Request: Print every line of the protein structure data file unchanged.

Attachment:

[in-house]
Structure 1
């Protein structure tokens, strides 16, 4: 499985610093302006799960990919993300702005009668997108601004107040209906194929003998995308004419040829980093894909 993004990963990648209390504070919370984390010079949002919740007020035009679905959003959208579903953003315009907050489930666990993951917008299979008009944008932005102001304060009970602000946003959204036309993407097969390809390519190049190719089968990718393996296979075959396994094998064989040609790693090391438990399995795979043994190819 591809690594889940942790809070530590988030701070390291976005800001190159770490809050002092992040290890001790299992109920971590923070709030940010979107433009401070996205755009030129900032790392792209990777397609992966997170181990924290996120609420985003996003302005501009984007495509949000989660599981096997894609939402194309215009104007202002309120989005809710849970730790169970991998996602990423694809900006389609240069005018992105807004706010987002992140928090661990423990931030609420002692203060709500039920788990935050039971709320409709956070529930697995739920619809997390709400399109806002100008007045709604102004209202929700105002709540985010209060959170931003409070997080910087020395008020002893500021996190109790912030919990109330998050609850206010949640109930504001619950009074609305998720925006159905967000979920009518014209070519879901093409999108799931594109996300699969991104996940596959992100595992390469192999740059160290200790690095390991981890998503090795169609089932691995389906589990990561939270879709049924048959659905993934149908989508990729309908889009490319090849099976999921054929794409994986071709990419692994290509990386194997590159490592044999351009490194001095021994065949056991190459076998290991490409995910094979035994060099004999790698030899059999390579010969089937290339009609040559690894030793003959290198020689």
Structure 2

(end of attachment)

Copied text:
[in-house]
Structure 1
């Protein structure tokens, strides 16, 4: 499985610093302006799960990919993300702005009668997108601004107040209906194929003998995308004419040829980093894909 993004990963990648209390504070919370984390010079949002919740007020035009679905959003959208579903953003315009907050489930666990993951917008299979008009944008932005102001304060009970602000946003959204036309993407097969390809390519190049190719089968990718393996296979075959396994094998064989040609790693090391438990399995795979043994190819 591809690594889940942790809070530590988030701070390291976005800001190159770490809050002092992040290890001790299992109920971590923070709030940010979107433009401070996205755009030129900032790392792209990777397609992966997170181990924290996120609420985003996003302005501009984007495509949000989660599981096997894609939402194309215009104007202002309120989005809710849970730790169970991998996602990423694809900006389609240069005018992105807004706010987002992140928090661990423990931030609420002692203060709500039920788990935050039971709320409709956070529930697995739920619809997390709400399109806002100008007045709604102004209202929700105002709540985010209060959170931003409070997080910087020395008020002893500021996190109790912030919990109330998050609850206010949640109930504001619950009074609305998720925006159905967000979920009518014209070519879901093409999108799931594109996300699969991104996940596959992100595992390469192999740059160290200790690095390991981890998503090795169609089932691995389906589990990561939270879709049924048959659905993934149908989508990729309908889009490319090849099976999921054929794409994986071709990419692994290509990386194997590159490592044999351009490194001095021994065949056991190459076998290991490409995910094979035994060099004999790698030899059999390579010969089937290339009609040559690894030793003959290198020689």
Structure 2